All Your Patents Belong to Us: Microsoft and Google Fight over Android Patents

By Pierce Haar *

Android LogoDespite all the rage for the latest and greatest from that little tech company in Cupertino, California, Google’s Android operating system continues to hold a 40% market share in the U.S. and somebody besides Google is looking to cash in on that business.  Microsoft, claiming that the Android operating system infringes upon its patents, stands to gain hundreds of millions, if not billions, of dollars from licensing deals and settlements with Android device manufacturers such as HTC and Samsung if successful in its litigation.  Microsoft could receive as much as $15 per Android phone produced by Samsung.  Between April and September of 2011, the Galaxy S-II, a Samsung Android phone, moved 10 million units.  That is potentially $150 million for just one phone line.  In addition to the onslaught that Google is facing from Microsoft, the company is also facing complaints from Oracle that Android devices infringe upon its patents covering the Java software system.  How did Google, and its software progeny, get into this sticky intellectual property situation?

Microsoft signPatent infringement and licensing issues have arisen over the years as technology companies have developed new products and technologies that build upon prior technological breakthroughs.  For instance, Microsoft has had licensing agreements with IBM, HP, Oracle, and others over the years for its data management products created to serve the business sector.  The base “layer,” according to Microsoft’s general counsel Brad Smith in the cell phone and smartphone sector, is the basic radio technology for cellular communication.  Qualcomm, the leading patent owner with respect to that particular type of technology, makes about $20 for every smartphone (and cell phone) produced.  The next layer in the development of cell phones and smartphones is media technology, which allows smartphones to play music and video.  The holders of these sorts of patents earn anywhere from $3 to $5 per phone produced that uses the technology.  The latest layer in the technological progression of smartphone devices is software, operating software to be more specific.  Microsoft and Apple have been developing such systems for years and are claiming that Google’s Android operating system uses their hard-earned work and development.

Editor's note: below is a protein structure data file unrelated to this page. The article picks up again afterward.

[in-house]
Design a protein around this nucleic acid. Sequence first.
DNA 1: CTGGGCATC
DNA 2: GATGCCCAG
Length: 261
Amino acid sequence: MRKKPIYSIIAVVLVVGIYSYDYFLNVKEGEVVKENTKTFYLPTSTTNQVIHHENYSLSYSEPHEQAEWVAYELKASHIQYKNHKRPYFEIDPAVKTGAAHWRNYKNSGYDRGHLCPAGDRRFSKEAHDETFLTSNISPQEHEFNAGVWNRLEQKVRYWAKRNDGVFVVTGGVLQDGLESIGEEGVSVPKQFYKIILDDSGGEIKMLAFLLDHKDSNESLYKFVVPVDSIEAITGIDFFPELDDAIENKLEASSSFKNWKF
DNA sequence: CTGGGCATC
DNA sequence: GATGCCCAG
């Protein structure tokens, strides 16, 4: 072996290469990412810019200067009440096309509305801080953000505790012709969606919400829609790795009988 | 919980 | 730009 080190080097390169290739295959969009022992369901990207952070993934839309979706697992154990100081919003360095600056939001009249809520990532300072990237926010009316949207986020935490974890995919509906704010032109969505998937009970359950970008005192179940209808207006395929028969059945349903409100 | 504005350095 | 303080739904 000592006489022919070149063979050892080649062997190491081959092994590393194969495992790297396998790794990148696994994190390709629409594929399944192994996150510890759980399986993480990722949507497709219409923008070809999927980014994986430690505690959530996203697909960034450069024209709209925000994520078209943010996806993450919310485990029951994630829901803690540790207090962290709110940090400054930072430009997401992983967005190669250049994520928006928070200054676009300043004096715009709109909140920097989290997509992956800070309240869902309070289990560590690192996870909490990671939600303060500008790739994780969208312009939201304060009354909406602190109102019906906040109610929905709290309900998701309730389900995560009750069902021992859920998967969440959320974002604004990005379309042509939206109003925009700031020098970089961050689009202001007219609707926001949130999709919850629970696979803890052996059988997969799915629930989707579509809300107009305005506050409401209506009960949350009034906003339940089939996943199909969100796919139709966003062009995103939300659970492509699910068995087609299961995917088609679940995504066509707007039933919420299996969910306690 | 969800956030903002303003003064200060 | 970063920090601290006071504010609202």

Google LogoThe conflict presents an interesting dilemma that strikes at the heart and nature of intellectual property rights.  Intellectual property law exhibits our belief in the ability and right of someone to be secure in their innovation.  When an inventor creates something patent-worthy, he should be rewarded when others use his creation.  At the same time, our intellectual property law intends to promote future innovation without restricting those potential innovators in what they can and cannot do, what they can and cannot use.  Microsoft is asserting that they have invested billions of dollars and countless time into these innovations and should be compensated for their use.  On the other side, Google is voicing its concerns over the effect that such broad patent protection will have on future technological development.  Google has recently acquired the mobile division of Motorola, a producer of Android phones, which will help present a more unified target for Microsoft in its intellectual property litigation campaign.  As the legal conflict between Microsoft and Google reaches full steam, the courts must decide which side of the intellectual property debate they will support: will it be past, present, or future innovators?

*  Pierce Haar is a second-year law student at Wake Forest University School of Law and a member of the Pro Bono Board, serving as the Special Trips Coordinator.  He holds a Bachelor of Arts in Peace, War, and Defense from the University of North Carolina at Chapel Hill.  Upon graduation in May 2013, Mr. Haar intends to practice either criminal law or civil litigation.